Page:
10 Security Principles to Live (or Die) By

Over the years, information security has gained a bad rap for a number of reasons; poor definition and poor application of security are two primary reasons. Here are ten information security principles that should help us put our definition into context.

  1. A business is in business to make money.

Seems obvious, doesn’t it? How often does information security get in the way of making money? If information security gets in the way of our business making money, then we’re doing it wrong. Information security must align with business objectives. This is almost impossible for corporate leaders unless we take an active role.

  1. Information Security is a business issue.

Information security is NOT an IT issue. The technical part of information security is complementary to administrative and physical security, not exclusive.

  1. Information Security is fun.

Who actually says or thinks this is true?! It really comes down to attitude. People do not want to do anything that they see as boring or painful. If we ask someone to do something that is important to our mutual success, we should make it as enjoyable as possible.

  1. People are the biggest risk.

This has always been and will always be true. Most organizations overspend on security technology at the expense of neglecting the people part of security. Your greatest risk is probably not technology-related.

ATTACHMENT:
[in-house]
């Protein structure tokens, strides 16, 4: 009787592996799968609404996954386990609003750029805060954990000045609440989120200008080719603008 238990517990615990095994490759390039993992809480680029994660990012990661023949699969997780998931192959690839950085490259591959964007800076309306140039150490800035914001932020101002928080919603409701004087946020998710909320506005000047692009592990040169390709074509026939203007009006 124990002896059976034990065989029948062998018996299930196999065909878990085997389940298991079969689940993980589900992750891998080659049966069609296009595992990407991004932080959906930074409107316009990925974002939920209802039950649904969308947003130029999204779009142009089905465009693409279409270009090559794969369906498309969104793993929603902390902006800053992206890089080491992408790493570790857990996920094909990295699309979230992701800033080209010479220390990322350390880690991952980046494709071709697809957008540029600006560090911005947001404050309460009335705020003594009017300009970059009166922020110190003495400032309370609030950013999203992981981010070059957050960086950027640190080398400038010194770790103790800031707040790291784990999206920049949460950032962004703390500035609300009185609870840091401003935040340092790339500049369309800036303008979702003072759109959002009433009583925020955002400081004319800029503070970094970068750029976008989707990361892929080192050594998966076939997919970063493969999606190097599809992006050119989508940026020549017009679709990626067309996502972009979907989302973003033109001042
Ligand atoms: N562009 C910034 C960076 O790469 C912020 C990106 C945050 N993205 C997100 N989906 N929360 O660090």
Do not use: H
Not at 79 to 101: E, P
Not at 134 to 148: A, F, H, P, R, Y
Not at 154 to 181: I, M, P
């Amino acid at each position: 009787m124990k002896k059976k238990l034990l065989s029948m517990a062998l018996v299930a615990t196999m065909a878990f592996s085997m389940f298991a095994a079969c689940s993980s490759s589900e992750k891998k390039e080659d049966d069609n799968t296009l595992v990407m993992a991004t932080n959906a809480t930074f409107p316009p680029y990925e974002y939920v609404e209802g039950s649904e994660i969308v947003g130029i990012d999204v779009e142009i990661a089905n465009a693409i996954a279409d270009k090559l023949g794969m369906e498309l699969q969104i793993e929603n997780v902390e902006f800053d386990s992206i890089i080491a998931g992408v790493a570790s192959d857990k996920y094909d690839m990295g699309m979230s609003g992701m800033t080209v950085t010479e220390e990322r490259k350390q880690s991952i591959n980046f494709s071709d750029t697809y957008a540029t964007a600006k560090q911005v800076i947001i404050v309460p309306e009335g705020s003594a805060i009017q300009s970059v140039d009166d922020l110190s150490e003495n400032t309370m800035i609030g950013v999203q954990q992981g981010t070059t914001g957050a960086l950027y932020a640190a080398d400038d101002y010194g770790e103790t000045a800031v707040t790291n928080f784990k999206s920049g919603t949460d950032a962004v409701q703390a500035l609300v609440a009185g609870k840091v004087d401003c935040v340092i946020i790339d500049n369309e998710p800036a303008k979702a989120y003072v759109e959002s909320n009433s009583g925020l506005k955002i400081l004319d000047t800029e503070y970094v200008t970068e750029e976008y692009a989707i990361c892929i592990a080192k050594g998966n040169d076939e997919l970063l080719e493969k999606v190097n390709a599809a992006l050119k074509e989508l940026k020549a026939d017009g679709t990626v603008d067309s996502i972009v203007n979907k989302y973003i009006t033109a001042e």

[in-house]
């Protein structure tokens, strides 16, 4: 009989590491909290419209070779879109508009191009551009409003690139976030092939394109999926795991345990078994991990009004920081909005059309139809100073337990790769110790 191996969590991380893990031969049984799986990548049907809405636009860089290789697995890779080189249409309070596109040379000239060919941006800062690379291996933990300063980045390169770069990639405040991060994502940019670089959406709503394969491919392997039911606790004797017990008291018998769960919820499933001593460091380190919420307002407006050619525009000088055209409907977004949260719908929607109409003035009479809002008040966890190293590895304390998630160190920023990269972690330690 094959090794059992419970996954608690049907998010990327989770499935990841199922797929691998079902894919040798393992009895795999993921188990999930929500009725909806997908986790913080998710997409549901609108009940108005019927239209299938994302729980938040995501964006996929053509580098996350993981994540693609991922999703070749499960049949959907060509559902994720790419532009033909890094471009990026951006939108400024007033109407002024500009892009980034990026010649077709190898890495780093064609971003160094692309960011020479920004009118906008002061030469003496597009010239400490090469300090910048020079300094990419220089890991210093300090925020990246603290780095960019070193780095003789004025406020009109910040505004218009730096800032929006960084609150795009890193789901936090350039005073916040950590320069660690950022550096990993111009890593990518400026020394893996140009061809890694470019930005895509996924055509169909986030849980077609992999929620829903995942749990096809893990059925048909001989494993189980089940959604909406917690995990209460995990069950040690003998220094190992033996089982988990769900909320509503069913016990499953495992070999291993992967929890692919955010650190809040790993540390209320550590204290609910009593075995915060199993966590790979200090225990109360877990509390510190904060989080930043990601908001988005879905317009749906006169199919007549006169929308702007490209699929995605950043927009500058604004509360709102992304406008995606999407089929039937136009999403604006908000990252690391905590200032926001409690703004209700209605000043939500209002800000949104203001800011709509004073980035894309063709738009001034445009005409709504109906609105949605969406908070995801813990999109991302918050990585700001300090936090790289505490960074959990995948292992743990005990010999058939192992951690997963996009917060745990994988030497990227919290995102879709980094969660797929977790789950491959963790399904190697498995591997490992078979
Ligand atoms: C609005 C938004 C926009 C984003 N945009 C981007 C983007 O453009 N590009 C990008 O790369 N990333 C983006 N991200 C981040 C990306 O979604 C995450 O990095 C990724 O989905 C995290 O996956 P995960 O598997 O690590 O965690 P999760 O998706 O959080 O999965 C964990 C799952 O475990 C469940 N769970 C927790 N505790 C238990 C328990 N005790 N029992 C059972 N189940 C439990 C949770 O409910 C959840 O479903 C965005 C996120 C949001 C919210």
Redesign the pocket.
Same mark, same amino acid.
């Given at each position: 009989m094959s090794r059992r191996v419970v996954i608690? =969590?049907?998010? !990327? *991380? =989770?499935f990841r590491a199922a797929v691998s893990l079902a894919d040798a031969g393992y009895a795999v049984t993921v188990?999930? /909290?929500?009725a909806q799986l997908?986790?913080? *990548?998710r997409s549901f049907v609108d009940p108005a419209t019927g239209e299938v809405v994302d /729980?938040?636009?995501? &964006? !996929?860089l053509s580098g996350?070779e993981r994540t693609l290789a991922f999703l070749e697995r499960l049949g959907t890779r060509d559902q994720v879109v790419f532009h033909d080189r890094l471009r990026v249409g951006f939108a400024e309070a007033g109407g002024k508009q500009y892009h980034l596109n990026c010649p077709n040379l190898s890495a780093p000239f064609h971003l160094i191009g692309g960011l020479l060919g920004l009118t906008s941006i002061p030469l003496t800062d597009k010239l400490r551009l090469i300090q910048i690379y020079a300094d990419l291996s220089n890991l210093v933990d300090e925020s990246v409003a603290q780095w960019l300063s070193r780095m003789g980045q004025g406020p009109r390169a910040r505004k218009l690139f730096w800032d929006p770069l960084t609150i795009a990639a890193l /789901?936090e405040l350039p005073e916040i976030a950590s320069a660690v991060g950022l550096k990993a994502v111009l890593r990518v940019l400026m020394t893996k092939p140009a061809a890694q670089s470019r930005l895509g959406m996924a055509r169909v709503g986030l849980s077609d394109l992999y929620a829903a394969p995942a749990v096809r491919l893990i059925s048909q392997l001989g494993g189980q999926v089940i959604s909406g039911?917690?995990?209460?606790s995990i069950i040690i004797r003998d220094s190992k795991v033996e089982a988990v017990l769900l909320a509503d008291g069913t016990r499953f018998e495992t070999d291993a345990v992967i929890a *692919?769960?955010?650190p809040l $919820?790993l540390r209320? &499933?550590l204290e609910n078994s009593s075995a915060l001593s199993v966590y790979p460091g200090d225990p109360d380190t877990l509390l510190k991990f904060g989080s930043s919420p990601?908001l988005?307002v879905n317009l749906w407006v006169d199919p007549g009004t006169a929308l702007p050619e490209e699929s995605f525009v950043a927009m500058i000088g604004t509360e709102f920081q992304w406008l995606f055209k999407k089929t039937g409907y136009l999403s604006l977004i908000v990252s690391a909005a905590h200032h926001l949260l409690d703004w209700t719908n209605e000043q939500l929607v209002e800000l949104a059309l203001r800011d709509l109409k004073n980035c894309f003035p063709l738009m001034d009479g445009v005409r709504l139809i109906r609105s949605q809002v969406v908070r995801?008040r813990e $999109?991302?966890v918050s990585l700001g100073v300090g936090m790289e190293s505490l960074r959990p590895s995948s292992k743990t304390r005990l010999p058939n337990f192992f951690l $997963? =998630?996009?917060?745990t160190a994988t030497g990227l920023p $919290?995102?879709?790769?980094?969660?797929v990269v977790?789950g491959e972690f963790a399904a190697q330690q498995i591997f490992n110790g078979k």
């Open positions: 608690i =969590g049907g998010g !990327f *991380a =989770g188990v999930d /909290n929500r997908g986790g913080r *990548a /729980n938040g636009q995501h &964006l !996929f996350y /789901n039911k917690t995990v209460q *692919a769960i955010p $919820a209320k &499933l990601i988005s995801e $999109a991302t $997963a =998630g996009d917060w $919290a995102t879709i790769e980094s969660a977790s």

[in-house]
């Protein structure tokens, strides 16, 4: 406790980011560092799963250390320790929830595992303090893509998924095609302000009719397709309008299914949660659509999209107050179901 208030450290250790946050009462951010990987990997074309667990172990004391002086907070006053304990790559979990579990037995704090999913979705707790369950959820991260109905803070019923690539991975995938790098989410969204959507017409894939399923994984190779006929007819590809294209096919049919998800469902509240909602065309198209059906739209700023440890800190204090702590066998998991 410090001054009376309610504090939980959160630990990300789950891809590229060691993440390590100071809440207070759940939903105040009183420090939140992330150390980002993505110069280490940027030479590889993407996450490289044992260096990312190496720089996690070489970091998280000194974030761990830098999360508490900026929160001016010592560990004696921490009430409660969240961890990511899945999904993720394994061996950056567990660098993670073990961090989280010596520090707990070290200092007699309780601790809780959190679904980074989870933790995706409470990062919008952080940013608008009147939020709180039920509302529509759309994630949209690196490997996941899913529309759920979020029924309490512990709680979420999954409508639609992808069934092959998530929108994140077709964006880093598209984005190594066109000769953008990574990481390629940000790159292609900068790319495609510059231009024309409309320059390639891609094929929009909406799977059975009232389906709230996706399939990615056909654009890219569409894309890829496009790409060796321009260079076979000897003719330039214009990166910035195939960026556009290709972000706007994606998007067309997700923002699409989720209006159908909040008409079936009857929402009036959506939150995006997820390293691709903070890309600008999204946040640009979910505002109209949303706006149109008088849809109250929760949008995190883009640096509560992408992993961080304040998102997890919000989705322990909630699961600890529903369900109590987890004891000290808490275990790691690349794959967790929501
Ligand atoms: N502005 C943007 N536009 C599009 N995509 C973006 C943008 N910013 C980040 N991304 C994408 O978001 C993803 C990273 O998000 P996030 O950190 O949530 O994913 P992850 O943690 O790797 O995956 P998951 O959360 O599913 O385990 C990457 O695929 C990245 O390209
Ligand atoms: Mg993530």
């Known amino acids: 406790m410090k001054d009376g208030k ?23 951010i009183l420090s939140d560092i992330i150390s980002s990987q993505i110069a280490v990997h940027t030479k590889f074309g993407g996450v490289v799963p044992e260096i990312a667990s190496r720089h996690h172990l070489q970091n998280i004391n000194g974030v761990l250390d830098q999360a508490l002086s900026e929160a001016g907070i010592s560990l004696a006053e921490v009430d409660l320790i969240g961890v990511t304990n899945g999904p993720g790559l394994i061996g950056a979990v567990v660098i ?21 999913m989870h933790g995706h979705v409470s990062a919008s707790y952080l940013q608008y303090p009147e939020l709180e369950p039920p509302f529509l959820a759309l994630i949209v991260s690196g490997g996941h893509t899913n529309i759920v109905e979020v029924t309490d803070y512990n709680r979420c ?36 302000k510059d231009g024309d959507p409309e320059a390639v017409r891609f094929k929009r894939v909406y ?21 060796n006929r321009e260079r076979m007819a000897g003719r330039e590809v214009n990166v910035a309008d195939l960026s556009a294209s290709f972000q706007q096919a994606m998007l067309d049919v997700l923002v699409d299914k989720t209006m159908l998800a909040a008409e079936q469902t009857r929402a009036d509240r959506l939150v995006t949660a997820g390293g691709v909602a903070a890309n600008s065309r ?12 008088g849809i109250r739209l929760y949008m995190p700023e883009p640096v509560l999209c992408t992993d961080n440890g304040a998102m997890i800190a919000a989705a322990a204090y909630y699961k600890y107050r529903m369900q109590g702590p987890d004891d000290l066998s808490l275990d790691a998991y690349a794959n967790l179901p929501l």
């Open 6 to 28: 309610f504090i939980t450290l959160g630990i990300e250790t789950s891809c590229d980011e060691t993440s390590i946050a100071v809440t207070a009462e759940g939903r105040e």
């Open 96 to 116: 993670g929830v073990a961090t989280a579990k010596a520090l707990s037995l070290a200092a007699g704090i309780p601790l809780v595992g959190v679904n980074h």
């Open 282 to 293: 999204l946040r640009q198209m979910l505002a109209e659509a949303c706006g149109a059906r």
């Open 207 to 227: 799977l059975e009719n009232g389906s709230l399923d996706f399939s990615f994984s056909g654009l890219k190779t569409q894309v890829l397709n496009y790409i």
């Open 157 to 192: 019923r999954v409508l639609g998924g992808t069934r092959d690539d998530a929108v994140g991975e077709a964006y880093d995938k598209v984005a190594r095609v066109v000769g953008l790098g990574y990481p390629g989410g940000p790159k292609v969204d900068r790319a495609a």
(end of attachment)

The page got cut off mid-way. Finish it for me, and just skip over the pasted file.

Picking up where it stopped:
1. “Compliant” and “Secure” are different.

We shouldn’t confuse the two.

  1. There is no common sense in Information Security.

If there were, we would have better information security. This point re-emphasizes the point that people are our greatest risk.

  1. “Secure” is relative.

As you recall from our definition earlier, security is managing risks not eliminating them. We cannot reduce our risk to zero. The relativeness of security warrants ongoing measurements and comparisons.

  1. Information Security should drive business.

Identify and focus on information security benefits. Information security shouldn’t just be a cost-center.

  1. Information Security is not one size fits all.

No two organizations are exactly alike. It makes sense to copy certain things that work for other organizations, but if we expect something to work we will have to make it our own.

  1. There is no “easy button.”

So stop looking for one.

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